The next stop was Punta Pitt, a rocky outcropping teeming with various birds. We had no trouble spotting tropibirds, red and blue footed boobies, nazca boobies, frigates and countless other birds.
Bahía Sardina is another beautiful beach that cannot be accessed from the land. Everyone, including our guide, was amazed at the number of rays we could see and a shark about a metre off the shore! First we ate lunch before having time to enjoy the beach or snorkel. As we couldn’t see much in the water by the time lunch was done we decided to relax on the beach.
Kicker Rock (León Dormido)
After a quick look at Witch’s Rock, we headed for León Dormido, Kicker Rock. This is one of the best dive sites in the Galápagos Islands but it is also excellent for snorkelling. The water was incredibly cold but it took mere minutes for us to spot our first shark. This was quickly followed by a turtle, a sea lion then more sharks. Due to the currents we weren’t able to swim all the way through the channel between the rock formations but we were pretty happy with our success.
About a 40 minute walk out of town, La Lobería is a beach known for the many sea lions that hang out here. As we got close, the smell told us that we were in luck! La Lobería is a beautiful beach in its own right and well worth bringing a towel, swimsuit and snorkel gear. Continue walking to the end of the beach and follow the trail to a clifftop lookout. The frigate bird that was dive bombing us had me not wanting to spend too much time here but the view is lovely and definitely a close up look at the birds! Of course, we saw plenty of marine iguanas along the rocks.
Punta Tijeretas and Darwin’s Cove
On our final full day we headed to this lookout spot named after the frigate birds that frequent it. The easy walk up took us to a couple of lookouts and a Darwin statue before descending down to the cove.
Darwin’s Cove is known as an excellent snorkelling spot so we once again braved the frigid waters. Who knew the water ON the equator would be so freaking cold! From above we had just watched a group of Australians snorkel with a turtle and a swimming marine iguana so our hopes were high. It didn’t take us long to bail after seeing not much of anything. Typically, as we swam back to the entry point, a turtle swam right in front of me. Then a couple of sea lions raced by. We were happy with our snorkelling luck on this trip so it wasn’t a big deal. Honestly, we were happy to be wrapped in our towels and watch from dry land!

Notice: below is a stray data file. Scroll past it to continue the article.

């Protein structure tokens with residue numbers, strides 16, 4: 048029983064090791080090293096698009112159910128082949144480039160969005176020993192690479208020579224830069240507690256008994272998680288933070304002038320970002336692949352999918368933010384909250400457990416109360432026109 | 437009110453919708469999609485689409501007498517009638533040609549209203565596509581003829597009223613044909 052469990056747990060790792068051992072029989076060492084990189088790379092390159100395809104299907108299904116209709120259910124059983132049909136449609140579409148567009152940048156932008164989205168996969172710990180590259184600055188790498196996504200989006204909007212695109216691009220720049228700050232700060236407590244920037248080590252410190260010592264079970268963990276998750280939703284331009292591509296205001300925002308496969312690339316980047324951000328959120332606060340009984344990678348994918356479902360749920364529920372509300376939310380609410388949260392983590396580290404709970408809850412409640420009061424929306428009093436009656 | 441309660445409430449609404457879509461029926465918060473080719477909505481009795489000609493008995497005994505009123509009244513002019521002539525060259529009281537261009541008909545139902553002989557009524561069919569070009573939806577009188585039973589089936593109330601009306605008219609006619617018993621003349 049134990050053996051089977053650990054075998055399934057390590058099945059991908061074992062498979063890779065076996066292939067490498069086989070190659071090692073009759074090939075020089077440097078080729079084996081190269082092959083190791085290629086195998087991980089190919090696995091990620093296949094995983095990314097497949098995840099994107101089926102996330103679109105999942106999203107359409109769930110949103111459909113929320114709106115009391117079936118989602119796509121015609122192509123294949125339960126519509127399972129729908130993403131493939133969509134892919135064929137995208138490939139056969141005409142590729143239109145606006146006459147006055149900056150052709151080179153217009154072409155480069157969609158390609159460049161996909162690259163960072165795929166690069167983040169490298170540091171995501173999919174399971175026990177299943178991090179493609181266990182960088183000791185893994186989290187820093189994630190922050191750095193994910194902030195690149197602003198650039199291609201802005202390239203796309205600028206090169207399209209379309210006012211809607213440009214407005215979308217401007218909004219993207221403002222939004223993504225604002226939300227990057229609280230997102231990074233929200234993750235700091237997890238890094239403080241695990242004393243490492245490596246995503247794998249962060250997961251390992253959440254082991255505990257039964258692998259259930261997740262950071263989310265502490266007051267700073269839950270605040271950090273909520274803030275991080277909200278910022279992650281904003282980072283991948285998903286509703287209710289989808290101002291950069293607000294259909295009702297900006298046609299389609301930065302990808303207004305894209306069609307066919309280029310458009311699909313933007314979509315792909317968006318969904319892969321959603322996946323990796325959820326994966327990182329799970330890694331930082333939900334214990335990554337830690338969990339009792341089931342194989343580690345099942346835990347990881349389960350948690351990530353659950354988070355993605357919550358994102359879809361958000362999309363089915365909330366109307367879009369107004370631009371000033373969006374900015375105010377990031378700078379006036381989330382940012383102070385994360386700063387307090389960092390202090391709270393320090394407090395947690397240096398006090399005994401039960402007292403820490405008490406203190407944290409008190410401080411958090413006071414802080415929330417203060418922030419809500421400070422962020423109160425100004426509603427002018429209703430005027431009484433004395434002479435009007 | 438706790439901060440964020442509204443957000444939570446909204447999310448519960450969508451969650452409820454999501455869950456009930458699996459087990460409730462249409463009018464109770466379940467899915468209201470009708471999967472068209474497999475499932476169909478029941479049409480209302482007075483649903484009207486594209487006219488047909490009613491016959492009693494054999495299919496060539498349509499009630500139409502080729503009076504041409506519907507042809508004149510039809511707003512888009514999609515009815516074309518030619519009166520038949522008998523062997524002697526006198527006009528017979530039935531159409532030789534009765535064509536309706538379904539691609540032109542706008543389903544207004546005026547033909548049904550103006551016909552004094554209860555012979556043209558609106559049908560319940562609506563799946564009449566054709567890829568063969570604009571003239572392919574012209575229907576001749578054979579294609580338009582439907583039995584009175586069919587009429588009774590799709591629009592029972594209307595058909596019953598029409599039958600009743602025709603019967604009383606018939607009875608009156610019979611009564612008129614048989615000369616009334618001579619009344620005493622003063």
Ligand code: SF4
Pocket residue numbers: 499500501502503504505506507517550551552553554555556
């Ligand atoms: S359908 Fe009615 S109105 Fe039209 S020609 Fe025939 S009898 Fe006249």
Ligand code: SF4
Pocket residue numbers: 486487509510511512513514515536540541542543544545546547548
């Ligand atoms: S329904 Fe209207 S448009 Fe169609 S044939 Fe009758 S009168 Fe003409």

On our way back from snorkelling we detoured to Playa Carola. Once again, the smell of sea lions alerted us to their presence before we could see them. This beach is less visited and they were everywhere! I was really hoping to see some blue footed boobies up close. I am possibly the only person not to bring a camera with a zoom to the Galápagos – seriously, not my best move.
We walked out to the rocky point and ta-da! Four blue-footed boobies just hanging out. These birds are actually much bigger than we thought. If we crept up slowly and quietly they didn’t seem to spook at all. From one spot we could see boobies, a pelican, a marine iguana and a sea lion – now that’s the Galápagos! As we left the point and returned to the beach, we came across a sea turtle that had come up onto the beach.
When I think of the Galápagos, I think of uninhabited islands teeming with weird and wonderful wildlife. I do not think of construction, honking horns or loud music.
We had some bonus ‘human’ experiences during our time in the islands that added to the fun and conversations. Returning from Playa Tortuga on Santa Cruz, our hotel’s street was flooded with police, flashing lights and people yelling. Our investigations led us to an undeveloped piece of land that now had a bulldozer and workers quickly erecting a fence around a little concrete ‘house’. The best we could figure the family in the small building didn’t own the land and were being evicted. Although, the fence seemed to be getting put up around them so perhaps they were being spared having to leave…
On our last night we were having dinner with a large Australian family we had repeatedly crossed paths with. As we were getting the bill a loud explosion right across the street got everyone’s attention. People outside the small building, now with black smoke billowing out its windows, ran across the road and one man immediately started yelling into his walkie talkie. A second explosion followed and soon sirens could be heard getting closer. A flurry of activity ended shortly after when it was deemed to be safe. We’re still not sure what happened in the dentist’s office but they were in the midst of a big clean up job the next morning!
What an amazing experience! It is rare for a place with such high expectations to actually meet them but we can both honestly say that the Galápagos Islands did not disappoint.
Have you ever been? What was your favourite part? What’s on your ‘must see’ list for the Galápagos?